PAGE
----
Apple Garageband, like most Apple products, is a remarkable tool, but it does face some skepticism from amateur music producers who find its toolset somewhat limited. This digital audio workstation (DAW) does support plugins, but it exclusively uses the Audio Unit (AU) format, which sets it apart from DAWs that often rely on VST plugins.
For a long time, Garageband was known for providing all its additional loops and instruments for free on the App Store. However, things changed with the release of Garageband bundled with OS X Mavericks. Suddenly, half of the once-free instruments and loops became in-app purchases. To add to the complexity, many plugins became incompatible due to Garageband’s shift to exclusively support 64-bit AU component files. It took some time for users to adapt to the revamped user interface and discover how to access their beloved plugins from the previous version.
I’ve encountered similar challenges, but despite these hurdles, I’ve found it quite rewarding to work with Apple Garageband 11, especially when complemented with a selection of free Audio Unit plugins for Garageband. These plugins can be instrumental in helping you achieve the specific sound you have in mind. In the following sections, I’ll introduce you to a few of these free AU plugins for Garageband. Please keep in mind that each of these plugins has its unique strengths and applications, and their suitability may depend on the musical genre and style you’re pursuing.
This is a simple and straightforward plugin that has one big knob with two ends – Bitter and Sweet. With some dynamic compression and limiting effects, the plugin best works on drum tracks. You will be surprised to get those crisp cymbals and post-punkish snare shots even with the default drum-kit on Garageband. Add some reverb to the track and there you go!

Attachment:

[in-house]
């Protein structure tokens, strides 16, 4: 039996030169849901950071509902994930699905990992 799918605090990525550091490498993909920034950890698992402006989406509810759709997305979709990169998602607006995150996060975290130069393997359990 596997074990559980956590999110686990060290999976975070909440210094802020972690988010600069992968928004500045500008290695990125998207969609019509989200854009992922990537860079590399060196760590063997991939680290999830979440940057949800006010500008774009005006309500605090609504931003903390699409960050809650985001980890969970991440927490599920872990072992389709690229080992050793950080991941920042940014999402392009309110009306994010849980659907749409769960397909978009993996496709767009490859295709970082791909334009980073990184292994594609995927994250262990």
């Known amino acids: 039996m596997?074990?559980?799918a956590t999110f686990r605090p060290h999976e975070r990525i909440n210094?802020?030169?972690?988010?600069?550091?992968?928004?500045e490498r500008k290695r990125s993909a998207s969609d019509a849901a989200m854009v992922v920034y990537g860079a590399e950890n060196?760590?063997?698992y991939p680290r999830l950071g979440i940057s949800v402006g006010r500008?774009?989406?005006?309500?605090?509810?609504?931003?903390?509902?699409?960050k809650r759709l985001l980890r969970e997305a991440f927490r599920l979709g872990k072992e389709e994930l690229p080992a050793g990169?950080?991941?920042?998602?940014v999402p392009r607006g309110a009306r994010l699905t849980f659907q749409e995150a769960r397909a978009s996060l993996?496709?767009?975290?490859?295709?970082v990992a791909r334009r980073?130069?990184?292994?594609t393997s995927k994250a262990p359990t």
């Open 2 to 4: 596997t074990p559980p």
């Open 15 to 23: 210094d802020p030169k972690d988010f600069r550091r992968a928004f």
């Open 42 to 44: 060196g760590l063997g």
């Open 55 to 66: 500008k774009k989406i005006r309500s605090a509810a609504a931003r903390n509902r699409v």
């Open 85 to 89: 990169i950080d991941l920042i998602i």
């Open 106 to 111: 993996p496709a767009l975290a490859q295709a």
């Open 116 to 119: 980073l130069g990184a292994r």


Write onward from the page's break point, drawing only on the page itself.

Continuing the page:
Crystal is a synthesizer that gives you warm and soft analog tones to back your mellow work. Although you will also be surprised to find its extended collection of rather abrasive patches best suited to give your tracks an industrial edge during production. Either way, the envelope shapers give plenty of freedom to work with your tone. But I’m sure you’ll get to that only after you have had enough of its almost unending collection of presets patches.
3. SYMPTOHM / MELOHMAN PE
Melohman is another free synthesizer plugin with a number of analog options, but also includes some really cool bass tones as well as some electronic drum samples to get the perfect 2-step garage sound. While the plugin hardly offers freedom to modify your patches, don’t be deceived – the meta patch feature has some crazy modulation options that can turn around rather soft bass lines into heavily ring-modulated metallic drones.
Frohmage is an effects plugin whose working I’ve not yet figured out. I’m absolutely certain there is a filter among other things in there, but I’m not too sure what the other knobs do. Regardless, Frohmage is a plugin one must have in their arsenal if they’re looking for whacky sounds out of very regular instruments. Also works great for trip-hop production with the default jazz drum kit that comes with Garageband.
Each of these comes with unique additions to Garageband. Fiddle around with presets first, and then go on to craft your own tone once you get a hang of what each knob does. Oh, and don’t forget that the automation feature in the Garageband used with these plugins can do wonders with the dynamics of your music!